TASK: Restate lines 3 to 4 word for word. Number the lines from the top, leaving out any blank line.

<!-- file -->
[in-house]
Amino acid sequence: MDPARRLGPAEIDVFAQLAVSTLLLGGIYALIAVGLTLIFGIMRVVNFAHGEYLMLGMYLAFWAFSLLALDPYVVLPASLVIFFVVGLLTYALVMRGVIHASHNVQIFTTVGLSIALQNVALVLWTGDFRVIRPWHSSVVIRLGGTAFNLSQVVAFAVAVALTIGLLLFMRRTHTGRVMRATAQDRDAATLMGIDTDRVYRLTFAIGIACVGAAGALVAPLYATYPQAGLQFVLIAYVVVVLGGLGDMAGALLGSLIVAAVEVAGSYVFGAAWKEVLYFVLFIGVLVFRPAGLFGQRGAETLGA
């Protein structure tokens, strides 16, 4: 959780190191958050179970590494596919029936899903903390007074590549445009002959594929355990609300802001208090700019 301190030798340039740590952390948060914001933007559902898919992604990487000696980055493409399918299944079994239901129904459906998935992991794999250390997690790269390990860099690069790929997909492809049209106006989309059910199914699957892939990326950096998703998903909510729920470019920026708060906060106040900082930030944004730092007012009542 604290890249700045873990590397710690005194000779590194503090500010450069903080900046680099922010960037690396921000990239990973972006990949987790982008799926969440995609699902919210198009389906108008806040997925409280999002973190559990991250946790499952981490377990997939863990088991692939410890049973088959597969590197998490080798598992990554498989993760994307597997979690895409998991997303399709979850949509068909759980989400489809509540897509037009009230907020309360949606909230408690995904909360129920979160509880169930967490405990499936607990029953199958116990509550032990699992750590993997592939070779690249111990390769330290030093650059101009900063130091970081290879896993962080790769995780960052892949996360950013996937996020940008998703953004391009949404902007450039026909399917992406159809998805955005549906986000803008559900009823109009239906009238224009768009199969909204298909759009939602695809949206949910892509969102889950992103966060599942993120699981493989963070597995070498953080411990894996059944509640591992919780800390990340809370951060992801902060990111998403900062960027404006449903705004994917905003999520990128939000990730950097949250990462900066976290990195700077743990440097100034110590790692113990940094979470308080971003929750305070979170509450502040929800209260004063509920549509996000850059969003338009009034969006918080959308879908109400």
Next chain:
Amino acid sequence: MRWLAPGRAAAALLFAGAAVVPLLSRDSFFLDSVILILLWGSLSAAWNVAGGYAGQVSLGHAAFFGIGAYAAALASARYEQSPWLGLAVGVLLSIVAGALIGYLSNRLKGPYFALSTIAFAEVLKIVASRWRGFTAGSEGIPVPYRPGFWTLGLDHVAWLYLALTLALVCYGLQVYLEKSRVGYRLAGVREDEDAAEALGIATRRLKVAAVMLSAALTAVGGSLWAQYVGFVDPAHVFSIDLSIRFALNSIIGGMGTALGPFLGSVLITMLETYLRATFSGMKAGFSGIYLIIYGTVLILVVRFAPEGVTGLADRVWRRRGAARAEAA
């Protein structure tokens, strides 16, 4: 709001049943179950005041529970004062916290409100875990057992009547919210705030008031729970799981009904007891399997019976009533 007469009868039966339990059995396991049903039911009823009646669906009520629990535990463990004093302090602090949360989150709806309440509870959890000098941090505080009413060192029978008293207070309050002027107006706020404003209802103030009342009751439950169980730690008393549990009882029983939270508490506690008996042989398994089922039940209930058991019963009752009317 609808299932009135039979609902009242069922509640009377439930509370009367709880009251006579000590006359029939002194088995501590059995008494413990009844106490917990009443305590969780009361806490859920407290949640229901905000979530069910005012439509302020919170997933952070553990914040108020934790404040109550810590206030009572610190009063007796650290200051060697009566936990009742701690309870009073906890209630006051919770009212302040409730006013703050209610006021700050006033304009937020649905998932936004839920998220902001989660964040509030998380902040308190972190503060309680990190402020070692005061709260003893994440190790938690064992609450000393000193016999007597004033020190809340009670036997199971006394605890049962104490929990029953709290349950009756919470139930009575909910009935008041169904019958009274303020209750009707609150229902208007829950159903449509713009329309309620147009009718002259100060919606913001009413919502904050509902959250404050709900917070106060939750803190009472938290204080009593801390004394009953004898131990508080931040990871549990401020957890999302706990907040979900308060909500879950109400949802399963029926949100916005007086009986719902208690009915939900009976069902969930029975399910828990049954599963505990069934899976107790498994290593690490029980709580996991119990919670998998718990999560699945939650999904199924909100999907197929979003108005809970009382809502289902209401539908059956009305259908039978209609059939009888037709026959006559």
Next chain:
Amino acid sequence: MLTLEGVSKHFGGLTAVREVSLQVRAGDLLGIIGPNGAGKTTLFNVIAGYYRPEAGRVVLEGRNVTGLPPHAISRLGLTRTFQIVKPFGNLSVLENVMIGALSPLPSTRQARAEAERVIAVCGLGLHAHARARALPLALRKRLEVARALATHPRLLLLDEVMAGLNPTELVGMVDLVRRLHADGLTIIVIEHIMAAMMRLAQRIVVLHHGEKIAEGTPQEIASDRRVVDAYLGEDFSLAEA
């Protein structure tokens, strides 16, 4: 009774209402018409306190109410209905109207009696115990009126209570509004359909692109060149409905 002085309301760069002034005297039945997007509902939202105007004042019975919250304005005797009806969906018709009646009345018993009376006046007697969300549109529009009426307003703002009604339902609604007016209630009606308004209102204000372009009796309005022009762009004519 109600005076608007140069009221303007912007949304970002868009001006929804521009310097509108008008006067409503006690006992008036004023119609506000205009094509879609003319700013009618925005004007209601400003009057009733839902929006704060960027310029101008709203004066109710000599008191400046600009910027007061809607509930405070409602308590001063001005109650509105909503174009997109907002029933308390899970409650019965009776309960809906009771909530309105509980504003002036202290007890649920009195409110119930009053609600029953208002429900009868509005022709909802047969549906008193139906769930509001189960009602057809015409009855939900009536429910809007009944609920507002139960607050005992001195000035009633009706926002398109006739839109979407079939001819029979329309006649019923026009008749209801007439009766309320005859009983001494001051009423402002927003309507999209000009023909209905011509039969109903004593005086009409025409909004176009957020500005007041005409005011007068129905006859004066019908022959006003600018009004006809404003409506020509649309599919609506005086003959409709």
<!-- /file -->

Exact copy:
């Protein structure tokens, strides 16, 4: 959780190191958050179970590494596919029936899903903390007074590549445009002959594929355990609300802001208090700019 301190030798340039740590952390948060914001933007559902898919992604990487000696980055493409399918299944079994239901129904459906998935992991794999250390997690790269390990860099690069790929997909492809049209106006989309059910199914699957892939990326950096998703998903909510729920470019920026708060906060106040900082930030944004730092007012009542 604290890249700045873990590397710690005194000779590194503090500010450069903080900046680099922010960037690396921000990239990973972006990949987790982008799926969440995609699902919210198009389906108008806040997925409280999002973190559990991250946790499952981490377990997939863990088991692939410890049973088959597969590197998490080798598992990554498989993760994307597997979690895409998991997303399709979850949509068909759980989400489809509540897509037009009230907020309360949606909230408690995904909360129920979160509880169930967490405990499936607990029953199958116990509550032990699992750590993997592939070779690249111990390769330290030093650059101009900063130091970081290879896993962080790769995780960052892949996360950013996937996020940008998703953004391009949404902007450039026909399917992406159809998805955005549906986000803008559900009823109009239906009238224009768009199969909204298909759009939602695809949206949910892509969102889950992103966060599942993120699981493989963070597995070498953080411990894996059944509640591992919780800390990340809370951060992801902060990111998403900062960027404006449903705004994917905003999520990128939000990730950097949250990462900066976290990195700077743990440097100034110590790692113990940094979470308080971003929750305070979170509450502040929800209260004063509920549509996000850059969003338009009034969006918080959308879908109400």
Next chain: